TERM 5
In this term, students will be looking at the abolition of slavery. They will be finding out who was instrumental in the removal of the slave trade, examining all of the political, social and economic reasons for it.

TERM 6
In this final term, students will be looking at the end of the British Empire. This will necessitate them analysing the case studies of America, Ireland and India, and for them to look at how each of those countries overthrew British rule. It will also get them to consider whether or not the British Empire was a good thing.

YEAR 9

TERM 1
Year 9 will be looking at the inter-war period in Europe, studying the League of Nations, the way in which Europe survived the Great Depression, and the rise of the Nazi Party in Germany. This will then help them to understand the outbreak of the Second World War.

TERM 2
Year 9 will then study the key events of the Second World War, from both a British and a German perspective. They will learn about Dunkirk, the Battle of Britain and D-Day, as well as examining what happened during the Blitz. They will also look at the impact the Second World War had on Banbury.

TERM 3
This term is where students examine the Holocaust – they look at the events leading up to the Final Solution, before looking at the concentration and extermination camps, and then the liberation of them. Finally, students will look at the memorialisation of the Holocaust, and discuss whether or not Germany should still apologise for their role in it.

TERM 4
In this term, we look at the forgotten women of History. Starting with Boudicca, and finishing with inspirational figures of the 20th century like Rosalind Franklin and Margaret Thatcher, students will analyse the impact of the women of history who are so often overlooked. This term will mainly focus on those women in the Ancient, Medieval and Renaissance periods, starting with Cleopatra and Boudicca and ending with Mary I and Elizabeth I.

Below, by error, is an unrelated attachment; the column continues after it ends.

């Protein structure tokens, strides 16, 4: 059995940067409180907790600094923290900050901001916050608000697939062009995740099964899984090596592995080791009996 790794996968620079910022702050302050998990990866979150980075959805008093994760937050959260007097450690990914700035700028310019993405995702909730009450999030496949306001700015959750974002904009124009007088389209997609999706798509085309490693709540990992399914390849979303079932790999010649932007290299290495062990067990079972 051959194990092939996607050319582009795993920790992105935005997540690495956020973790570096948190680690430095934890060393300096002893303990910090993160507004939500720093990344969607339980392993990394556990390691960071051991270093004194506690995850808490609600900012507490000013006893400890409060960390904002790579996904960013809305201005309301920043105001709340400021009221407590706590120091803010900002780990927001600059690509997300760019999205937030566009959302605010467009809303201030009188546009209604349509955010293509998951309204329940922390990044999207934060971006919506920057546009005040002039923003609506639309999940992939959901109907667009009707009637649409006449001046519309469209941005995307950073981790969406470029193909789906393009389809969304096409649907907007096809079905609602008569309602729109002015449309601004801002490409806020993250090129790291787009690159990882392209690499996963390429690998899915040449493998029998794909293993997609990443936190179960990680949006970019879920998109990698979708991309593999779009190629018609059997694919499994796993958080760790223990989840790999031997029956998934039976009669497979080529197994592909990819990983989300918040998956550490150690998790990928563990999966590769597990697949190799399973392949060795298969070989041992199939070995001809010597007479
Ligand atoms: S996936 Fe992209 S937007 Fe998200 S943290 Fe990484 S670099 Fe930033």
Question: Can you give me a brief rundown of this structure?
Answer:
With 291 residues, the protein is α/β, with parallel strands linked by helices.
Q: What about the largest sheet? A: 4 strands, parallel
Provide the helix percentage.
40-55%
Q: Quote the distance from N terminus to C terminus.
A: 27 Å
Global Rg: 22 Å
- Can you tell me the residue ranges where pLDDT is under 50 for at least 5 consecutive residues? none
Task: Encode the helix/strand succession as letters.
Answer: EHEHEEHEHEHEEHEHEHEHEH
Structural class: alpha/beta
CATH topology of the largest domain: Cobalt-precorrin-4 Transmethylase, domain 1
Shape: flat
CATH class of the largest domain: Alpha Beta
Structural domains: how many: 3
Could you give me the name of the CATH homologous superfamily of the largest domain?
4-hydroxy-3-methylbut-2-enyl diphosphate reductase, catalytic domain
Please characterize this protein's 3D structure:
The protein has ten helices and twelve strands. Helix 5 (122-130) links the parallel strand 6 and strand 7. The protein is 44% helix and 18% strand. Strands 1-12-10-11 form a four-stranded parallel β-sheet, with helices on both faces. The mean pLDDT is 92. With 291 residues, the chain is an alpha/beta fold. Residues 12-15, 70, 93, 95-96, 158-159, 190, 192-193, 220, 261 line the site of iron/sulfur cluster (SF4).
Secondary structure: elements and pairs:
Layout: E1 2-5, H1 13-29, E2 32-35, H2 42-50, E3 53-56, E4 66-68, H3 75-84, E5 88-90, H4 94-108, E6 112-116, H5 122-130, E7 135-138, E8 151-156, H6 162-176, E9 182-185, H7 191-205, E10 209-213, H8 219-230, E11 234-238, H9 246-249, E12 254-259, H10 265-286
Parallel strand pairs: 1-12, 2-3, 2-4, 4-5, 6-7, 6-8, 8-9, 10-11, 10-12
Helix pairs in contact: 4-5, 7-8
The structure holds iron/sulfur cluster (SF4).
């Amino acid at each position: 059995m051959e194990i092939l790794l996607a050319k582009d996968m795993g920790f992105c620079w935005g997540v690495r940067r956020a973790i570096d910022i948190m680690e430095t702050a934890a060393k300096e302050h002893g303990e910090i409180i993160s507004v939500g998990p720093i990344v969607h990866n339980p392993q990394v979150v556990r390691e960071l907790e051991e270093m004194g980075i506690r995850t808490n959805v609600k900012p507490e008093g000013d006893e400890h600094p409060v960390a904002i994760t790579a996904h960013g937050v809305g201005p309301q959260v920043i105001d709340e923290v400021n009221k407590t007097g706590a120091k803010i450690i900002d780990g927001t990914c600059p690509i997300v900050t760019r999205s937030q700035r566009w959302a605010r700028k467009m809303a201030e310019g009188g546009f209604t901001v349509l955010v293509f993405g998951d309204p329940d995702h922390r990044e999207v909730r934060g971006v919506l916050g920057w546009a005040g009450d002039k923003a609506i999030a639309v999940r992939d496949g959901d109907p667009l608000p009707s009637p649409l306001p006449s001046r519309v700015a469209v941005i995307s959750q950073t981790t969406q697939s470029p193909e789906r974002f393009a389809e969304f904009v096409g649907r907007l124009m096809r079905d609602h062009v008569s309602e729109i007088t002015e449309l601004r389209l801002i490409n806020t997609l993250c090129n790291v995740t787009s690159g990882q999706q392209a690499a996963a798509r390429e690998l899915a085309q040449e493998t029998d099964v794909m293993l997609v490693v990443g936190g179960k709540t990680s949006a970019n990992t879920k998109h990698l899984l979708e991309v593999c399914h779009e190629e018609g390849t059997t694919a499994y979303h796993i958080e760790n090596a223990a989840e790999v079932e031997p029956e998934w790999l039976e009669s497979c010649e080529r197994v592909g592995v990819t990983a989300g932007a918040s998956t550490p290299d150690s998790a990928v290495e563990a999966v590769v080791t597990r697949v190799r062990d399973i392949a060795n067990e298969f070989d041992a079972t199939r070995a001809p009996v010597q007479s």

TERM 5
The final two terms are dedicated to studying protest in Britain throughout History. In the first term, Year 9 will be looking at the protests before the Industrial Revolution – the Peasants Revolt, the Pilgrimage of Grace and the English, American and French Revolutions.

TERM 6
This term then looks at protests from the 1800s until the modern day – studying the way in which workers fought for their rights, ordinary people fought for the vote, and how protests have changed in the modern day.

YEAR 10

TERM 1
Year 10 begin their GCSE with the Health and the People module. In it, we begin to study how medicine has changed over time – looking at how approaches to identifying causes, trying to prevent illnesses and trying to cure diseases has changed over time. They begin by studying Medieval and Renaissance history, looking at the influence of Hippocrates, Galen and the Church, with a focus on how Britain dealt with the Black Death and the Great Plague. They will also need to know about the way in which the government took control of medicine during the time period. Alongside this, students will be learning vital exam skills to help pass their GCSE History – looking at sources, as well as understanding how to link different causes and consequences together.

TERM 2
Year 10 continue studying Health and the People by focusing on the later time periods – the Industrial Revolution up until the modern day. They will learn about the discovery of Germ Theory, attempts to solve the problems with surgery, and how war affected the changes in medicine, all the way through to looking at genetic engineering and the treatment of cancer. This will be linked to their prior learning, as well as continuing to enhance and hone their exam skills that they began in Term 1.

TERM 3